Energy-saving campaigns in most Western industrial countries have failed to curtail oil imports significantly or produce energy-efficient societies, an International Energy Agency report said yesterday.

The report, released in Paris, said that progress in implementing conservation programs has been considerably less than expected a year ago.

Countries are cutting back their oil-consumption rates, but it is due more to price increases than to self-imposed efforts to save energy, IEA executive director ULF Lantzke said. Western countries will have cut oil demand by their desired 5 percent by the end of the year, he said, largely due to the impact of recession, fuel shortages and higher oil prices.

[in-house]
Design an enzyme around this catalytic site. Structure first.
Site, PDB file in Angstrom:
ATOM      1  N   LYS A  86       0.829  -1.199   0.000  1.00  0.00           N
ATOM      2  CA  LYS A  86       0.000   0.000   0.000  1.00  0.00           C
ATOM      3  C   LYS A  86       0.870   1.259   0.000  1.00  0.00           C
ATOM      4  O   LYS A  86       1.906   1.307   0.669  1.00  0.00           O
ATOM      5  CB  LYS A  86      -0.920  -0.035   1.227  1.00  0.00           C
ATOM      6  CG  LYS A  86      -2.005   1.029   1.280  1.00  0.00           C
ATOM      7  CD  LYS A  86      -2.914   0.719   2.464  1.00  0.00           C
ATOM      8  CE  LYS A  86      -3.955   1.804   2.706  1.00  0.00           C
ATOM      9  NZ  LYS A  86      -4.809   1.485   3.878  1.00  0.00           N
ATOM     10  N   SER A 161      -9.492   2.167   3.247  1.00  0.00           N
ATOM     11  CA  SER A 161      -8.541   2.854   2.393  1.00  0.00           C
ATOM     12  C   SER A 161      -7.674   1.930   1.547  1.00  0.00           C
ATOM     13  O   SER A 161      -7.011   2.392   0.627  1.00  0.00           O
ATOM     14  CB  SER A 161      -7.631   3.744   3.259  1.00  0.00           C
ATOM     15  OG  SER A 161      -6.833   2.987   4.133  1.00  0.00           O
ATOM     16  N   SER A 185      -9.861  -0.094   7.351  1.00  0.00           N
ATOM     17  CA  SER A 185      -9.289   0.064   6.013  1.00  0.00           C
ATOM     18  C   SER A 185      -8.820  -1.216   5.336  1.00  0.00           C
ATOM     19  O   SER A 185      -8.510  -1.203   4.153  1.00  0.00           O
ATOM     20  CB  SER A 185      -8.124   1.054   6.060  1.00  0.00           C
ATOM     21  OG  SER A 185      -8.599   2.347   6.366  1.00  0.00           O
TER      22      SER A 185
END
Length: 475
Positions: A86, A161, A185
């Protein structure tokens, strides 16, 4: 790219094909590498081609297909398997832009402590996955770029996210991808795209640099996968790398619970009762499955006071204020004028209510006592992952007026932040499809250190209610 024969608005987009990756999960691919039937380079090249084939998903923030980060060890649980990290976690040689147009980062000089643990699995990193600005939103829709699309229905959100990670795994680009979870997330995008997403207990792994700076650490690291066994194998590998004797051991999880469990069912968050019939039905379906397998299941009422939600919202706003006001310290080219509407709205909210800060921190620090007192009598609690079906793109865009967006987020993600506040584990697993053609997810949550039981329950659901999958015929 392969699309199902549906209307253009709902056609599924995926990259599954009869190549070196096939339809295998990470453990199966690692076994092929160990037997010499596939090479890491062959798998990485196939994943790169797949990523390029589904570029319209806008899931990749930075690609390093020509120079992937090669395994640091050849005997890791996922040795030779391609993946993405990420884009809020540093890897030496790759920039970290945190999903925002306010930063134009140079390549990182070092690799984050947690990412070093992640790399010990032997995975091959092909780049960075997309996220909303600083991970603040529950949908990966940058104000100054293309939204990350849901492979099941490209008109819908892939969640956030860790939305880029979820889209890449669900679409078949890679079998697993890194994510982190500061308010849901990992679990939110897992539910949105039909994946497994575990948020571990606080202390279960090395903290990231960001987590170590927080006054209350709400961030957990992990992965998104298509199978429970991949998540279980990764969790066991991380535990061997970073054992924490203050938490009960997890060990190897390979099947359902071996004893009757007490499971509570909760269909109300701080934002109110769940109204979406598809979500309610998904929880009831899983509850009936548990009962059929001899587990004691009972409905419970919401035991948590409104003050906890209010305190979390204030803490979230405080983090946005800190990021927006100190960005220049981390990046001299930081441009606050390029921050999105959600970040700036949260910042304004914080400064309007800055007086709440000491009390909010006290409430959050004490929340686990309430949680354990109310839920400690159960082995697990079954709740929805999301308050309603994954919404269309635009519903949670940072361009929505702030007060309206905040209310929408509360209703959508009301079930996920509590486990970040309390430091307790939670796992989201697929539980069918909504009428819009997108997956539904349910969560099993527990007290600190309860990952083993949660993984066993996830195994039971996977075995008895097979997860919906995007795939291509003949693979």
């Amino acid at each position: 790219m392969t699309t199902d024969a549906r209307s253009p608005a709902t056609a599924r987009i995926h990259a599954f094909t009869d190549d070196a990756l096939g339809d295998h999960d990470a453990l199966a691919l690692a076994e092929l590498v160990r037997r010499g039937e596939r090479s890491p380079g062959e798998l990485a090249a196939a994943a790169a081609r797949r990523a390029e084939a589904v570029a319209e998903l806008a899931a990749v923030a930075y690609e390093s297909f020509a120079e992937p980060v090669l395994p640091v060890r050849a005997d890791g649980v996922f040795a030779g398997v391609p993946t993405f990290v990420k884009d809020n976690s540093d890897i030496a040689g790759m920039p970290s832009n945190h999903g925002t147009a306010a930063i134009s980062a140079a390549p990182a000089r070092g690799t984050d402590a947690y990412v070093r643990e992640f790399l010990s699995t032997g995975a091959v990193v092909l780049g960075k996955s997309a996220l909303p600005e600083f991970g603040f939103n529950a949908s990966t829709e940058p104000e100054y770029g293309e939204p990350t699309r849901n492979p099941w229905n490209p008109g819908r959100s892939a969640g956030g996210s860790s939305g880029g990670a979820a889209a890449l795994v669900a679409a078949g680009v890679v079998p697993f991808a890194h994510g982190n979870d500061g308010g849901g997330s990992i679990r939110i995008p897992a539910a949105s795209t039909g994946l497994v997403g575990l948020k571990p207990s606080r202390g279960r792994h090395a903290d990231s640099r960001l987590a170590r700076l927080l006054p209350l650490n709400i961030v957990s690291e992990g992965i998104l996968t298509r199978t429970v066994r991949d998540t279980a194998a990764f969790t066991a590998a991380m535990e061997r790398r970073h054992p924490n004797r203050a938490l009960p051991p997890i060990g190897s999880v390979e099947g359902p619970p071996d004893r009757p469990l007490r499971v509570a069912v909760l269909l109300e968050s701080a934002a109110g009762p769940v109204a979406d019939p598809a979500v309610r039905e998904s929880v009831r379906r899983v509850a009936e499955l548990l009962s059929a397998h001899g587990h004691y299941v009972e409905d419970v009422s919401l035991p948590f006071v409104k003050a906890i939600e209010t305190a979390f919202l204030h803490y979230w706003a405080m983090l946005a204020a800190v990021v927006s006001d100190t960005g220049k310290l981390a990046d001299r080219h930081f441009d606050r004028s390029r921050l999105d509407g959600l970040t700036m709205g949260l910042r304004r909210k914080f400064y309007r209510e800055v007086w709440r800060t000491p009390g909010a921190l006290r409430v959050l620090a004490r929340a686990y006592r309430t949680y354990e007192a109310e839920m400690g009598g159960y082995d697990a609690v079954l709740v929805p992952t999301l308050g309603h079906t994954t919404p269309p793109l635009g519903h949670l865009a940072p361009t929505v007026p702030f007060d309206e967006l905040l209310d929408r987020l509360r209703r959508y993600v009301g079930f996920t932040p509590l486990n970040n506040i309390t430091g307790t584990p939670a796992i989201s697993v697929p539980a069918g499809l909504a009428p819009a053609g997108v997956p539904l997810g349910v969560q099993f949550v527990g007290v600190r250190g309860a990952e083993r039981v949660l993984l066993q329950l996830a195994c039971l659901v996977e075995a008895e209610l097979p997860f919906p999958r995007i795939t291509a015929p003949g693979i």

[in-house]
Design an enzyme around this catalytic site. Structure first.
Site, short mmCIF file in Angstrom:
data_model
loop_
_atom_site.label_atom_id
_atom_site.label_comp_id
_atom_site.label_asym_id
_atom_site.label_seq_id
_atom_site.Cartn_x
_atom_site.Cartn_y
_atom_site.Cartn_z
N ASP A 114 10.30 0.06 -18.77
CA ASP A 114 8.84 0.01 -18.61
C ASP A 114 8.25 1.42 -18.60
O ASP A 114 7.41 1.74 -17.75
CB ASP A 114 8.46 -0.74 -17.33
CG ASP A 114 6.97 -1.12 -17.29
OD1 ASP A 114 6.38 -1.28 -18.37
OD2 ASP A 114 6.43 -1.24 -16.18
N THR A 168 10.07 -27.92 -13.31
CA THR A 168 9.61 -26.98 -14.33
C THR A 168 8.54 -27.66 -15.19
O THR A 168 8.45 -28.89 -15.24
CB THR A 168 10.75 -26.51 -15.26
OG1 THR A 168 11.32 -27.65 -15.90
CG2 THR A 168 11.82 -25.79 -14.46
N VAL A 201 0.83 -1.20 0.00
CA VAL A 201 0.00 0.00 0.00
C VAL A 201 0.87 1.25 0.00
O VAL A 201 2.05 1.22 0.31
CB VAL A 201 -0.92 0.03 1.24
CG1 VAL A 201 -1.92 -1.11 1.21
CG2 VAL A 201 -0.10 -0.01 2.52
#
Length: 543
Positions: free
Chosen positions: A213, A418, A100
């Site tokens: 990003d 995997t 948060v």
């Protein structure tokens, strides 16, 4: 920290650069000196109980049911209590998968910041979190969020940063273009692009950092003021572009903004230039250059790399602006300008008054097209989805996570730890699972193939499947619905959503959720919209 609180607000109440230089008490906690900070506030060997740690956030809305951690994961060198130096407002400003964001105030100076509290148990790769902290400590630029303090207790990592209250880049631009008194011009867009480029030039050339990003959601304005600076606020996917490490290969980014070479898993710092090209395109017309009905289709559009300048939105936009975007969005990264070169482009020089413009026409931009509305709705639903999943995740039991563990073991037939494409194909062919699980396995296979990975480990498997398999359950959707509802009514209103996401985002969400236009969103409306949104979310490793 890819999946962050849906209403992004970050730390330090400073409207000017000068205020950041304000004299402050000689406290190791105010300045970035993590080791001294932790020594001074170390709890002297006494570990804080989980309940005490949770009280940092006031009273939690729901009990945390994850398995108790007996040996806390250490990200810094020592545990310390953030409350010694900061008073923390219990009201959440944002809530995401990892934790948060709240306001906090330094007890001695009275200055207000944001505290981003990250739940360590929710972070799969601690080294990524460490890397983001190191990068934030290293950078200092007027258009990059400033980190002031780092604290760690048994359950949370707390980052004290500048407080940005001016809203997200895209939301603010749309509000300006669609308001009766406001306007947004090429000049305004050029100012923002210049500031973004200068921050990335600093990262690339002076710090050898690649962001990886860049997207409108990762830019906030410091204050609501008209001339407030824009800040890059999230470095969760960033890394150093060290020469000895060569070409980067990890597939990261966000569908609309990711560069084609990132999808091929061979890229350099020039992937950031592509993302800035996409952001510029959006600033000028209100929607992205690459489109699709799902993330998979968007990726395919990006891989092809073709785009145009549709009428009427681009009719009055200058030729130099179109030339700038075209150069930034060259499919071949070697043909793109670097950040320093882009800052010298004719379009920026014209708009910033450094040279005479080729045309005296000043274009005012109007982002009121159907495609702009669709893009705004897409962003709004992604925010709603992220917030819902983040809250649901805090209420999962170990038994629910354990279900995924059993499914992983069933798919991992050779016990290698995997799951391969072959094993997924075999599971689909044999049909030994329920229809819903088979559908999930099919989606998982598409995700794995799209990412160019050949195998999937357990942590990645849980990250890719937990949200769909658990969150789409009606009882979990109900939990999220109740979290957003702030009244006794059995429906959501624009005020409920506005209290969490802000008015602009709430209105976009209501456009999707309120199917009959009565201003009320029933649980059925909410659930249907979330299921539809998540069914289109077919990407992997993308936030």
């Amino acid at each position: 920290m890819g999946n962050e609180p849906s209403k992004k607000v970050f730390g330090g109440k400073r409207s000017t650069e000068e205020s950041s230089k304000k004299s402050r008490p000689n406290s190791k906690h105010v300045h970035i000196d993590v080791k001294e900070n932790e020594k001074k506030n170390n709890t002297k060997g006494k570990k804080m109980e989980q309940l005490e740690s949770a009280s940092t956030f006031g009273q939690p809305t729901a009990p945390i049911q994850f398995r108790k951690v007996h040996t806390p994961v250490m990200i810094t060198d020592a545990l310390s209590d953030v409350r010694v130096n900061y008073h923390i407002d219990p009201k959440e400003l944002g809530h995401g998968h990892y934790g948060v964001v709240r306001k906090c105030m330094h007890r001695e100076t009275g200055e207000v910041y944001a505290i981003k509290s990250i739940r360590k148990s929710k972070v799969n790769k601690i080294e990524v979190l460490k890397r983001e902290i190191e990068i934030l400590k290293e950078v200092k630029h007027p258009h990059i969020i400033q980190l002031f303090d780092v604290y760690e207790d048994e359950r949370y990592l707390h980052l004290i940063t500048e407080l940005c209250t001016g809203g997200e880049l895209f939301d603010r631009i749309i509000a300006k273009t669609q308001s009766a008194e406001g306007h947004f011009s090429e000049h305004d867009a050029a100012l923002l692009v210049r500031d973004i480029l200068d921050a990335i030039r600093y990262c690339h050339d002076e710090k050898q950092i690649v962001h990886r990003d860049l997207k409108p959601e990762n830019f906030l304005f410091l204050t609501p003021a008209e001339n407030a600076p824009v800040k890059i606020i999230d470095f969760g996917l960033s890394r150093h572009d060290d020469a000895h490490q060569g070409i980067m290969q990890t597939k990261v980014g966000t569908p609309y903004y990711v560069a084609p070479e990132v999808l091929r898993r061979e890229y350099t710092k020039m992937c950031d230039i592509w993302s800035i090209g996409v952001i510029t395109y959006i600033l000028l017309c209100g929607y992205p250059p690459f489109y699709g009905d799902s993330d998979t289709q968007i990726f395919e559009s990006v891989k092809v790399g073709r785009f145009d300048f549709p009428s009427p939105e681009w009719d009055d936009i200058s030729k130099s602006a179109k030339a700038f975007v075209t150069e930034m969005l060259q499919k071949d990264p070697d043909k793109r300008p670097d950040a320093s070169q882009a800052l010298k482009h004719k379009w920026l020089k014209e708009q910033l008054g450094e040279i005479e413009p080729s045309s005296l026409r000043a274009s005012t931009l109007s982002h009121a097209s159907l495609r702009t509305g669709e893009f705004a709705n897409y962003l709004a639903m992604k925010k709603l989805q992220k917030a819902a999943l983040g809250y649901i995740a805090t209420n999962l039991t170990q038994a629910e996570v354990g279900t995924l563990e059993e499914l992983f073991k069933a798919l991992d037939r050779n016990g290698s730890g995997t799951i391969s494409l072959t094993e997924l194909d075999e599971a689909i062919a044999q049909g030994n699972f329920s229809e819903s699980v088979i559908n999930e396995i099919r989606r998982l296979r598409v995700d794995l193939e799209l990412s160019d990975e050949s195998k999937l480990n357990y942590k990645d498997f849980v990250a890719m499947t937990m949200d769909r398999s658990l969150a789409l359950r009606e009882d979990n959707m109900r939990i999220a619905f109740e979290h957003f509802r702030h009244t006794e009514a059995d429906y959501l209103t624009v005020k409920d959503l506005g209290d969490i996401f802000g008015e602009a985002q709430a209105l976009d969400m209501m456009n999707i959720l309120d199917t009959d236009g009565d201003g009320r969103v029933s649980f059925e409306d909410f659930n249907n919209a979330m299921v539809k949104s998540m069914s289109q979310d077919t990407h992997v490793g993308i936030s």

Lantzke said the United States is performing better in energy conservation than it is generally given credit for. But the United States needs to step up its conservation efforts in order to meet its longer-run commitments by 1985, the report said. It urged the United States and Canada to raise gasoline prices -- which are only one-third of those in Italy, home of Europe's most expensive gasoline -- to stimulate fuel economy.

IEA officials said that President Carter's program of decontrolling oil prices would satisfy European countries that the United States is cooperating on the energy problem.